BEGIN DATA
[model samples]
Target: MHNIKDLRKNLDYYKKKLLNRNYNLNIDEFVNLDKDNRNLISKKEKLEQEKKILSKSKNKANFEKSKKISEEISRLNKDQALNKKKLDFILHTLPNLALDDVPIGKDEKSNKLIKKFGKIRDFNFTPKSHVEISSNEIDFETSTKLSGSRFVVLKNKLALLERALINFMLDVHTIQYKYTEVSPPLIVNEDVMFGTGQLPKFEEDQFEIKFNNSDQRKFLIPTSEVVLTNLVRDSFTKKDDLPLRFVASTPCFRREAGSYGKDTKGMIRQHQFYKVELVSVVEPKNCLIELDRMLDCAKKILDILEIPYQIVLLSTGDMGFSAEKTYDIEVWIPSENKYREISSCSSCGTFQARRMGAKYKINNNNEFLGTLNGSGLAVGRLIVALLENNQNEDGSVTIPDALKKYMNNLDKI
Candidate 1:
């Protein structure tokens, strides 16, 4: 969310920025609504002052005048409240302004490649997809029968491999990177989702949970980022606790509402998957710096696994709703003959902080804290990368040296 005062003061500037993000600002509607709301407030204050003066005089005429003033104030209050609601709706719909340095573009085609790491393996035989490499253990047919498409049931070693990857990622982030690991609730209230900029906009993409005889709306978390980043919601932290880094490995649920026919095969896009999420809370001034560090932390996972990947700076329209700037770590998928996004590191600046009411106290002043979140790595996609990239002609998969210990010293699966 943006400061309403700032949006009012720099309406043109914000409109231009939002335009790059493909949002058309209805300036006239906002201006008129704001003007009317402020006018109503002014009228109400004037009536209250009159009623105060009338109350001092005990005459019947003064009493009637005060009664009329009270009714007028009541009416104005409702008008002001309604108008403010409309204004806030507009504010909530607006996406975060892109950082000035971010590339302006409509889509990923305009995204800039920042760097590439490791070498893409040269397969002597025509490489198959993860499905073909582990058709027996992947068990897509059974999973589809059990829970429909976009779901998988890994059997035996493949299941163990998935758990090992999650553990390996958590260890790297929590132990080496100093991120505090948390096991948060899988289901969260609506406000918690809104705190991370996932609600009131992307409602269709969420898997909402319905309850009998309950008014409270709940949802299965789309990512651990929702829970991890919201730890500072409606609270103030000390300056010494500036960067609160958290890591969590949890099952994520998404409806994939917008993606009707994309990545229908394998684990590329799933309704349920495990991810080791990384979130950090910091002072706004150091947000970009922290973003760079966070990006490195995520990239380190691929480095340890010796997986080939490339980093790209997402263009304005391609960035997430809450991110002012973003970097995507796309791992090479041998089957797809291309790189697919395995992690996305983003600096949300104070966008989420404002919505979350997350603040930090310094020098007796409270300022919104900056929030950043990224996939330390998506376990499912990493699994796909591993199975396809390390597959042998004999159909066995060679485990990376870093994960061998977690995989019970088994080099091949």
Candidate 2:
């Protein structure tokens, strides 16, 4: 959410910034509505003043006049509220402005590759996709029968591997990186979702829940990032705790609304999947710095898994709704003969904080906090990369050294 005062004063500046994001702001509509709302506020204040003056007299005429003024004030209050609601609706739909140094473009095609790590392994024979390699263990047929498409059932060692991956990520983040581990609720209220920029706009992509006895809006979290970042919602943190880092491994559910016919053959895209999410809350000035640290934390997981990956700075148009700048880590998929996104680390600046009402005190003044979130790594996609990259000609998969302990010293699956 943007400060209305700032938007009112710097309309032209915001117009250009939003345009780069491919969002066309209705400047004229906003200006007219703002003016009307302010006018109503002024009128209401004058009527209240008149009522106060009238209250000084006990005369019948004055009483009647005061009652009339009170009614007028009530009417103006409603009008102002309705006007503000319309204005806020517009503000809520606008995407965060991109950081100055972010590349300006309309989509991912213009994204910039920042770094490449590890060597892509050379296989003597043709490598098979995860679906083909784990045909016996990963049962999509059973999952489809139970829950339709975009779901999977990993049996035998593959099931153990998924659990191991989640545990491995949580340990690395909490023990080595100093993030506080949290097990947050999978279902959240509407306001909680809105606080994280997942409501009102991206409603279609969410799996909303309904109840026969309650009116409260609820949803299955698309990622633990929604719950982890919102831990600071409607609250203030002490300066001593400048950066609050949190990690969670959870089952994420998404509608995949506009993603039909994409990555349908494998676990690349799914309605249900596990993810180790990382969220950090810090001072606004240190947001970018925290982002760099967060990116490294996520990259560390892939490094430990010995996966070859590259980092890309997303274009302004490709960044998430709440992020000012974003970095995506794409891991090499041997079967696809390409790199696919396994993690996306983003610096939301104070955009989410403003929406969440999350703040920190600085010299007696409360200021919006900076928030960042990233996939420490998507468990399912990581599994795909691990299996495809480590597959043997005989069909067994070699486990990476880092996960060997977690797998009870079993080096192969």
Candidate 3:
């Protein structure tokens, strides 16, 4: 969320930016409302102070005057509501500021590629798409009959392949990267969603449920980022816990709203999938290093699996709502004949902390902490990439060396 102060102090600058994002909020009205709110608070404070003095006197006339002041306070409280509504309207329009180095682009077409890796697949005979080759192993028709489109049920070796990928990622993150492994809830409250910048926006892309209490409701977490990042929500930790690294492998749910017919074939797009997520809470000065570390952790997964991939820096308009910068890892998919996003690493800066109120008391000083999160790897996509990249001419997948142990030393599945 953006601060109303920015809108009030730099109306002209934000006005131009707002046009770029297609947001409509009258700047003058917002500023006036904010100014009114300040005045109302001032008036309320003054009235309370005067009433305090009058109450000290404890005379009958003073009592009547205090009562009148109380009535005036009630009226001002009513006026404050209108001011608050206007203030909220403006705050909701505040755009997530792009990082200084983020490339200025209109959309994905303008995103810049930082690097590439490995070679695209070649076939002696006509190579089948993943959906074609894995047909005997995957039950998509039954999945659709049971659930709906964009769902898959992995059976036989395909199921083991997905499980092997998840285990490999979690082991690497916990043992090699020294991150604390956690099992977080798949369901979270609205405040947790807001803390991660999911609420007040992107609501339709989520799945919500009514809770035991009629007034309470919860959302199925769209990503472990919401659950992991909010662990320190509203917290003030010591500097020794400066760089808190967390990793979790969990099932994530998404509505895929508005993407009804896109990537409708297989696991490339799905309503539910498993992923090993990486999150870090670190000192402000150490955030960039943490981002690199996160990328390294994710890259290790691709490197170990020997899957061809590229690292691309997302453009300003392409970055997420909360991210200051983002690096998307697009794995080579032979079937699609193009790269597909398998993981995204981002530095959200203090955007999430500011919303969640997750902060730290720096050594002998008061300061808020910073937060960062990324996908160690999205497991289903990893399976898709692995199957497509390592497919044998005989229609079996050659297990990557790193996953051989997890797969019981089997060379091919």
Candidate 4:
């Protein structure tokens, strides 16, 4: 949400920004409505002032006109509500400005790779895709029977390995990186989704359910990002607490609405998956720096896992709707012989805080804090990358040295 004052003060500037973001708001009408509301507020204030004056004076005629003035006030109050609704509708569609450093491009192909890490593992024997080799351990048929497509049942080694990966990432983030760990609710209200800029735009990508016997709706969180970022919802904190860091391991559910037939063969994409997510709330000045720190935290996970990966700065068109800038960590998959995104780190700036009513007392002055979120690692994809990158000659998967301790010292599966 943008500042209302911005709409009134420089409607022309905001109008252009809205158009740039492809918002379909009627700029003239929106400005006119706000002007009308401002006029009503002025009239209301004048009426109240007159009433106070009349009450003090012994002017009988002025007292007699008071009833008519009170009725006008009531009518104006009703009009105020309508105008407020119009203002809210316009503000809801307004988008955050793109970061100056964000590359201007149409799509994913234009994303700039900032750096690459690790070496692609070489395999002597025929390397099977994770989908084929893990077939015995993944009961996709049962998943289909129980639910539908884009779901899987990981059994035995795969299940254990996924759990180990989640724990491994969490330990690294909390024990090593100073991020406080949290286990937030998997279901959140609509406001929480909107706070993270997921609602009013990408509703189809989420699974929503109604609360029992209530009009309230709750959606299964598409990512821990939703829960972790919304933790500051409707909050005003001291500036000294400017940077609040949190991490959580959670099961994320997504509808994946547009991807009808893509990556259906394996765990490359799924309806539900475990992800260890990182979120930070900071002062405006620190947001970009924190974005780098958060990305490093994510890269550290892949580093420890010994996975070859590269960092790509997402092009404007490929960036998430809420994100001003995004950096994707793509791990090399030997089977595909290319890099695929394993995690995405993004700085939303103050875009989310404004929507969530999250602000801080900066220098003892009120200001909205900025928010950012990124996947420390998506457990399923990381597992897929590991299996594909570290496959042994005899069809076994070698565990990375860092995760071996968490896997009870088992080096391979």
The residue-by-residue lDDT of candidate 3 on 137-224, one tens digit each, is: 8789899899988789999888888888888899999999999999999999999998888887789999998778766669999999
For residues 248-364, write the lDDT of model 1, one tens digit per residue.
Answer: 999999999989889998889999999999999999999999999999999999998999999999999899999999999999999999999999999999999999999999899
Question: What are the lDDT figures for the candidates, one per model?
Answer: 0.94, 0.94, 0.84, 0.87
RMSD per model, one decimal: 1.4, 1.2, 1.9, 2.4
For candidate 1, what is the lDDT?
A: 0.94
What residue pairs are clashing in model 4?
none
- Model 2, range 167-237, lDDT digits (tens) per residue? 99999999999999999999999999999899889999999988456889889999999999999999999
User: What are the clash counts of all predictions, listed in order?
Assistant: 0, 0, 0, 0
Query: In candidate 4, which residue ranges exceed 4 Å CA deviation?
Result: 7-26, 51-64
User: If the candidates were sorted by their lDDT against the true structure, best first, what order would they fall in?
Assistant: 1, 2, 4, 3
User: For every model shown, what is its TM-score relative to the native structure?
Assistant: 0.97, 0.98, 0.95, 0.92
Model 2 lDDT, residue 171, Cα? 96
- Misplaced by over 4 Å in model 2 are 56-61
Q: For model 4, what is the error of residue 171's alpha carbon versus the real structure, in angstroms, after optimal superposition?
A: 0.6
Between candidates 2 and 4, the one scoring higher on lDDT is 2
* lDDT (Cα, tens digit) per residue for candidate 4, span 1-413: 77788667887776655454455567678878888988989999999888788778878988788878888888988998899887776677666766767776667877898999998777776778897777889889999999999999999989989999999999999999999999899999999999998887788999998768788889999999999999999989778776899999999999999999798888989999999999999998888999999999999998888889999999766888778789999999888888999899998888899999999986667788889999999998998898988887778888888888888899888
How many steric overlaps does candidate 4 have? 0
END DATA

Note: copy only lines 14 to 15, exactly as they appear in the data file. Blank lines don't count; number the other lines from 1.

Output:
Question: What are the lDDT figures for the candidates, one per model?
Answer: 0.94, 0.94, 0.84, 0.87